to page content
to site navigation
The Foundation's primary site.
Global news, events, and resources.
The national learning program for entrepreneurs.
A new approach to developing the next generation of high-growth firms.
Access to university research and innovation.
The Kauffman Foundation's charter school serving Kansas City.
Encouraging the aspirations of young people.
The platform for business plan competitions.
College preparation and access for urban youth in Kansas City.
A guide to Kauffman Foundation and partner resources, for aspiring entrepreneurs.
News and announcements from the Foundation.
From our vice president of Entrepreneurship.
From our vice president of Advancing Innovation.
News from Global Entrepreneurship Week
News about this education program for entrepreneurs.
Tweets for the eMed Community at Entrepreneurship.org
News from the Kauffman Labs program.
From our business plan competition service.
Contribute to the community seeking to improve entrepreneurship and innovation measurement.
A look at entrepreneurship from the Kauffman Foundation's Thom Ruhe.
Tracks research and policies that are accelerating economic growth and changing the world.
Brings to light various policies and initiatives to advance innovation and drive economic growth.
A selection of our videos
Take our video and audio with you.
Explore many of our publications.
Join the discussion on our LinkedIn site.
Join us on Google's social service.
The Resource Center has all the info you'll need From content to user feedback, the resource center has the information you need for every level of the entrepreneurial process.
Valuation negotiations between entrepreneurs and investors are often contentious. Such valuations rarely stray from the $1 million to $3 million range for seed/startup companies that angels expect to grow to $50 million to $100 million over five to eight years. Angels are most concerned about the management team's ability to rapidly grow the company and about helping the entrepreneur achieve these growth objectives.
As details regarding executive pay packages become more and more public, the best leaders are opting to make career choices that keep them out of the spotlight. This entrepreneur offers creative tips for finding and compensating the best executives in today's global marketplace.
Investing in seed and startup companies is extremely risky: Angel investors typically realize about 85 percent of their total portfolio returns from 15 percent of their portfolio companies. Consequently, angels look only for companies that can grow rapidly. Entrepreneurs who pursue less aggressive growth are unlikely to attract angel investors.
This exceptional article offers insightful explanation and key details of how angel investors determine valuations, why entrepreneurs and investors often have different perspectives for angel returns, and what steps angels and entrepreneurs can take to quickly find common ground on this critical topic.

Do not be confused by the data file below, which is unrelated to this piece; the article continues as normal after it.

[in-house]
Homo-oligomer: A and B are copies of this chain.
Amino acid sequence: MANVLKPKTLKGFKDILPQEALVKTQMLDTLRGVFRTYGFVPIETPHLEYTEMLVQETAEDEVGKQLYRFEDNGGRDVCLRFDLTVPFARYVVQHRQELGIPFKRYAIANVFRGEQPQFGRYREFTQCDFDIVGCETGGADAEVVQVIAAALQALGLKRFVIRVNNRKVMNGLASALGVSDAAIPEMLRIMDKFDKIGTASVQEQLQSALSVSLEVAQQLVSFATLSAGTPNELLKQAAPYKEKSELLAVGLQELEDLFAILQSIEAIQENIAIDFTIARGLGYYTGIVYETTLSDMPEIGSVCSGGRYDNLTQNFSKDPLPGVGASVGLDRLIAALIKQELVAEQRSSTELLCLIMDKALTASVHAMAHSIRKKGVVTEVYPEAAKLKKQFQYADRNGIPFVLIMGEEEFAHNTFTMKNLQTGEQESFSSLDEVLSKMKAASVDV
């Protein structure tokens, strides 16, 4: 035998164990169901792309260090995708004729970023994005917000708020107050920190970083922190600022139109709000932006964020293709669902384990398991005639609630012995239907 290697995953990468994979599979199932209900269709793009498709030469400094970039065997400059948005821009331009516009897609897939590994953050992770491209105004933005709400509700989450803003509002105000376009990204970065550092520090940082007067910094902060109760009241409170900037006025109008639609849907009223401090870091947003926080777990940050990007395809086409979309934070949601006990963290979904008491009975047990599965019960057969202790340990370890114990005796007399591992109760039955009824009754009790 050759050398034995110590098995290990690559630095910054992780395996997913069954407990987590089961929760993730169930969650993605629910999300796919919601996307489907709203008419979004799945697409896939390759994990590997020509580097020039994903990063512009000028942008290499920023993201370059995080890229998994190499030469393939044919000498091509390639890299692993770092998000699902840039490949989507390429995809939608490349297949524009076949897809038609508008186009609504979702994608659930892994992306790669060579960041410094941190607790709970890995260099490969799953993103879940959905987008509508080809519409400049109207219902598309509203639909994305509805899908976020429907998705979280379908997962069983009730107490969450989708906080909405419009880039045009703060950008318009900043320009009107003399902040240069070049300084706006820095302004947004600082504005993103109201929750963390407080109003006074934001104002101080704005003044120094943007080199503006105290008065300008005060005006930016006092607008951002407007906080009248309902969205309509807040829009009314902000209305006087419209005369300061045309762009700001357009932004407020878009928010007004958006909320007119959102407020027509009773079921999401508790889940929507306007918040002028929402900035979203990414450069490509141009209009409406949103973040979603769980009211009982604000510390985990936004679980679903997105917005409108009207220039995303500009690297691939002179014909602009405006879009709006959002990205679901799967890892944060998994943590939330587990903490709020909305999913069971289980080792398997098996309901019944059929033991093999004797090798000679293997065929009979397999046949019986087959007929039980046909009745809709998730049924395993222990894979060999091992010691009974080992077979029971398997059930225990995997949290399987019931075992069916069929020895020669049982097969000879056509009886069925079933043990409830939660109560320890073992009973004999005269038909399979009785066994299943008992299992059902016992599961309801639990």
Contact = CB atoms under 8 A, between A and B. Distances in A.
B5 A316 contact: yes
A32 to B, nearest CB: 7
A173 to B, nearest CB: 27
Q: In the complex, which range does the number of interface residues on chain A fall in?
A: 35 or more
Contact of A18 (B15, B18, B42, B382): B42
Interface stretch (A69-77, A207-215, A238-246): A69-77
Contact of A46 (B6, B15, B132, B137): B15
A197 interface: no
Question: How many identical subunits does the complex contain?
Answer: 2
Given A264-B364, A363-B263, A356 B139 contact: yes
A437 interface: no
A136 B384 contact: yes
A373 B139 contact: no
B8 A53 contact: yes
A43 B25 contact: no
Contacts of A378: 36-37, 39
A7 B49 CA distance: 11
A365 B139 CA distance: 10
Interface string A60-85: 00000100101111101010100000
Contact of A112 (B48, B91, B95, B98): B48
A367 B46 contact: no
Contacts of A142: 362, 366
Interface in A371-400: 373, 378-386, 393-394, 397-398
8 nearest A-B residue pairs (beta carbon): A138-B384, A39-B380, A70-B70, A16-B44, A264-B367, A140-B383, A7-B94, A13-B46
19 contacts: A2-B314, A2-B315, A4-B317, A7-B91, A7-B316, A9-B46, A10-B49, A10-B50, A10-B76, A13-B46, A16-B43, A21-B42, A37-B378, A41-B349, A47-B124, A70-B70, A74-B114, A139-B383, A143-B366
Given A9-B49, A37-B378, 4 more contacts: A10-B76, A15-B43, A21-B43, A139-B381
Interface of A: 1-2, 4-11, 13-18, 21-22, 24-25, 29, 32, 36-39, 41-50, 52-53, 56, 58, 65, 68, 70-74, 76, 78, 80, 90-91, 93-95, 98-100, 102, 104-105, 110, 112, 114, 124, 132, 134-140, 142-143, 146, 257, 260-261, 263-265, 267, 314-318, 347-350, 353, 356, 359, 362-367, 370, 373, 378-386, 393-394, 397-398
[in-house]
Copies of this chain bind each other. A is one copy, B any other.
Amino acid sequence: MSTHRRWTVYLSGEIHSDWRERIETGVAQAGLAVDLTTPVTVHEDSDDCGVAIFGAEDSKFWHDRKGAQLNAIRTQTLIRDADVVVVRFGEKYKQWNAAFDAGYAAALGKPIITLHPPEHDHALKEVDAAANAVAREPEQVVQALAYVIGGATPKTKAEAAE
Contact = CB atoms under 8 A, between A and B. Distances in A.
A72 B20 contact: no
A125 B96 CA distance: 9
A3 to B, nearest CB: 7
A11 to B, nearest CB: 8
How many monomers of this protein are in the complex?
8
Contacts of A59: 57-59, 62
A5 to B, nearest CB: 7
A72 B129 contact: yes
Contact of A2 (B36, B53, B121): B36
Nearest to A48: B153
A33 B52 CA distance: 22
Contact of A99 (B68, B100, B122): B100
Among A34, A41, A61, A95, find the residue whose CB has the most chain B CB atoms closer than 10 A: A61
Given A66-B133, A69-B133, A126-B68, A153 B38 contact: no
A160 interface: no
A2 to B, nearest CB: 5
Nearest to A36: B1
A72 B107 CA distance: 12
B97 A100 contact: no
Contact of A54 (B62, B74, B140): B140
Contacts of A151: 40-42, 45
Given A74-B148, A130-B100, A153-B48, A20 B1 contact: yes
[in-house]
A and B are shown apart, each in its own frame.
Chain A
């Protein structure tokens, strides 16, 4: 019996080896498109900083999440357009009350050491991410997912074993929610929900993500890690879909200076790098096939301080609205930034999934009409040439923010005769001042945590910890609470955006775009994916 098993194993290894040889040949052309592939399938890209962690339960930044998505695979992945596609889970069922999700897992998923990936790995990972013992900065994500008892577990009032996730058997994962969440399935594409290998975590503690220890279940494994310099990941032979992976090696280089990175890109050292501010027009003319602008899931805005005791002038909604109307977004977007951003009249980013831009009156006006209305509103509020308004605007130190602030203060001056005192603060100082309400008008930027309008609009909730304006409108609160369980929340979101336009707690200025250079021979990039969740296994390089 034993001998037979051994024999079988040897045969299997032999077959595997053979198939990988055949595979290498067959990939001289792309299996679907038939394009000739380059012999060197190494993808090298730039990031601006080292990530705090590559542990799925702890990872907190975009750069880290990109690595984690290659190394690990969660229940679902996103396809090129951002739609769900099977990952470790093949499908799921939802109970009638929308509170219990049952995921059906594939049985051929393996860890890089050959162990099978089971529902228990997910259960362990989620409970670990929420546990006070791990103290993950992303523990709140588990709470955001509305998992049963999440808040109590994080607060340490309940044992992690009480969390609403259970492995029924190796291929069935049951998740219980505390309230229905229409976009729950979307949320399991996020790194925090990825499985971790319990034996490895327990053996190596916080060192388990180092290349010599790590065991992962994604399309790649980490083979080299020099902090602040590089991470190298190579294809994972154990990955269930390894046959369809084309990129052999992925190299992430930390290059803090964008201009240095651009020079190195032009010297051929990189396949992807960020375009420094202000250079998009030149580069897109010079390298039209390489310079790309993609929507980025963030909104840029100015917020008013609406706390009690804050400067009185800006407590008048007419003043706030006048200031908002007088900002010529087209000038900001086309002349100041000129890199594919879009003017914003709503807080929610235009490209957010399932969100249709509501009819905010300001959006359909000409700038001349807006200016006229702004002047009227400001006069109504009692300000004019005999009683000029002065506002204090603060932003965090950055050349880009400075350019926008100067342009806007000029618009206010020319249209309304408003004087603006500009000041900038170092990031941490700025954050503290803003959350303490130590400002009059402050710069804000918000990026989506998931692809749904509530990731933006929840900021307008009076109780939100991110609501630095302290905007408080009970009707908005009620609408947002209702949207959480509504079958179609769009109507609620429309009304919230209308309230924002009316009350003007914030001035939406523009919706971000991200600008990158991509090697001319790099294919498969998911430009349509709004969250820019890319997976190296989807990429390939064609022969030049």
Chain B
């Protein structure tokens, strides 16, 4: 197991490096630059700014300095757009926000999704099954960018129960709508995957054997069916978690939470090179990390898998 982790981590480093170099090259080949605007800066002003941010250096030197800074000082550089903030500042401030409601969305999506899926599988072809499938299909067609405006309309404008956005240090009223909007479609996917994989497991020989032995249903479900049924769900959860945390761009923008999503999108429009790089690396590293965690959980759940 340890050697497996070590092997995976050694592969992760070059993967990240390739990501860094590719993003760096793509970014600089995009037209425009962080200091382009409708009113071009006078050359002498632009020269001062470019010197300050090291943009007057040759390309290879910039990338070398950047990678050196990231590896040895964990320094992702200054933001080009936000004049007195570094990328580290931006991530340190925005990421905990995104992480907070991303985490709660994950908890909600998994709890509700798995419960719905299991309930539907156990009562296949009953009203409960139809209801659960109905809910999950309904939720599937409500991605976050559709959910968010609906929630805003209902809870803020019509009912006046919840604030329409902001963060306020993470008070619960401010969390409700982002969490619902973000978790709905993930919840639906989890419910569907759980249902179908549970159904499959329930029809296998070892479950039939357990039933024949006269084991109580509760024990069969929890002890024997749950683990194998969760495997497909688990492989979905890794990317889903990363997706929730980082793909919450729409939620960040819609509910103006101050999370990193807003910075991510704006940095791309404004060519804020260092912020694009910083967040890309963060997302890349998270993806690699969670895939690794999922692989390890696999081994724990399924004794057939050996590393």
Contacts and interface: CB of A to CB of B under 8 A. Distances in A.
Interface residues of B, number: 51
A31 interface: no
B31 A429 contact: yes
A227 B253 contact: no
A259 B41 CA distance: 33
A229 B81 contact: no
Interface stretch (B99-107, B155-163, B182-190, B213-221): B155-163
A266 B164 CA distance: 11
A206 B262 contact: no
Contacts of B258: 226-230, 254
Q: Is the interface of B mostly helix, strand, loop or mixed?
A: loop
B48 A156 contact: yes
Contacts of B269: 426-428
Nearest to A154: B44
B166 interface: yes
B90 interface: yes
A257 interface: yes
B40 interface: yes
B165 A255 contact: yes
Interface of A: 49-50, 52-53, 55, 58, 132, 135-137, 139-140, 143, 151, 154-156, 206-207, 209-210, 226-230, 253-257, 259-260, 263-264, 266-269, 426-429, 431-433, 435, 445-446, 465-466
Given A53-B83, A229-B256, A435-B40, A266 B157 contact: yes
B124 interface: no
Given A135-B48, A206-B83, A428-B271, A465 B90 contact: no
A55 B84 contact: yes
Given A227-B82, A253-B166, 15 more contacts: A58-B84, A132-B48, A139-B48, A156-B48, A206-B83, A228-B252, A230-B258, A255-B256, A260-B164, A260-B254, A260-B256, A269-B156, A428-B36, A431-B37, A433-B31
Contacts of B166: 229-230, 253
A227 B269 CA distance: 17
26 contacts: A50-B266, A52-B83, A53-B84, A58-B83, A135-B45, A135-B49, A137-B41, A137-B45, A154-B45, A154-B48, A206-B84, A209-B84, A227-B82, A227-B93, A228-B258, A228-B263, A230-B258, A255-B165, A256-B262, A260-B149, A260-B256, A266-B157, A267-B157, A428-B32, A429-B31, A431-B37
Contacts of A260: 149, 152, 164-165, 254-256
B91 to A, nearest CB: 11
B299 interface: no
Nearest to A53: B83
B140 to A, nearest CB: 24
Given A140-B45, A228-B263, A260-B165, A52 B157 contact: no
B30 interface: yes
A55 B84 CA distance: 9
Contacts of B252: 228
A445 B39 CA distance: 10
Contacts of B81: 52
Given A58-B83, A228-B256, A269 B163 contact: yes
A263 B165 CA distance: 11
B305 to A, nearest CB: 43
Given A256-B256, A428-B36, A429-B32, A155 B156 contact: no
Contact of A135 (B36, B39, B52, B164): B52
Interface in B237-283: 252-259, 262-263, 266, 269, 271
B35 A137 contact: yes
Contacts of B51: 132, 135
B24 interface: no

This informative piece explains a well-known method that venture capitalists use to determine "post-money valuation," which is a company's valuation at the time of investment. Perhaps more important, it provides valuable insights into why the returns expected by investors are often perceived as "too high" by entrepreneurs.
A highly successful angel investor and entrepreneur identifies and puts to the test a valuation calculator tool. He finds that it works very well, thank you. By answering twenty-five questions, entrepreneurs and investors arrive at valuations that can reasonably be used as a practical guide to investing.
An important voice in the angel investing world, Luis Villalobos has contributed a practical new term--"valuation divergence"--that focuses on a little understood fact of angel investing: Returns on investments in a company do not increase in direct proportion to the company's market valuation. Entrepreneurs and investors alike will benefit from a better understanding of this concept.
Numerous factors affect how angels value a company. Primary are the strength of the management team and the size of the opportunity, or a company's potential to scale. Accompanying this article is a valuation worksheet that entrepreneurs can use to better understand what investors look for and to identify factors that can justify higher pre-money valuations. Investors will find it useful to compare companies and determine whether valuation should be higher or lower.
Ohio voters to decide if $700M bond issue expands investment in high-tech economy.
Self-healing metal that pops back into shape after it's damaged. Machines that give surgeons full-color, 3D images of a patient's insides. Sensors that warn police or soldiers of explosives miles away. This is the promise of a proposed $700 million statewide investment program that aims to turn sci-fi dreams into Ohio's business future. But does the promise hold up?
Question: I’ve read a few articles and blog posts over the past couple of days regarding Senator Dodd’s financial reform bill, and some of them suggest that it’s going to be more difficult for startups to raise money if the bill is signed into law. Why is that? I thought the bill was supposed to address the problems on Wall Street that led to our financial crisis.
Want to get connected? Sign up to receive regular news, polls and updates from The Kauffman Foundation.
© 2013 Ewing Marion Kauffman Foundation. All Rights Reserved.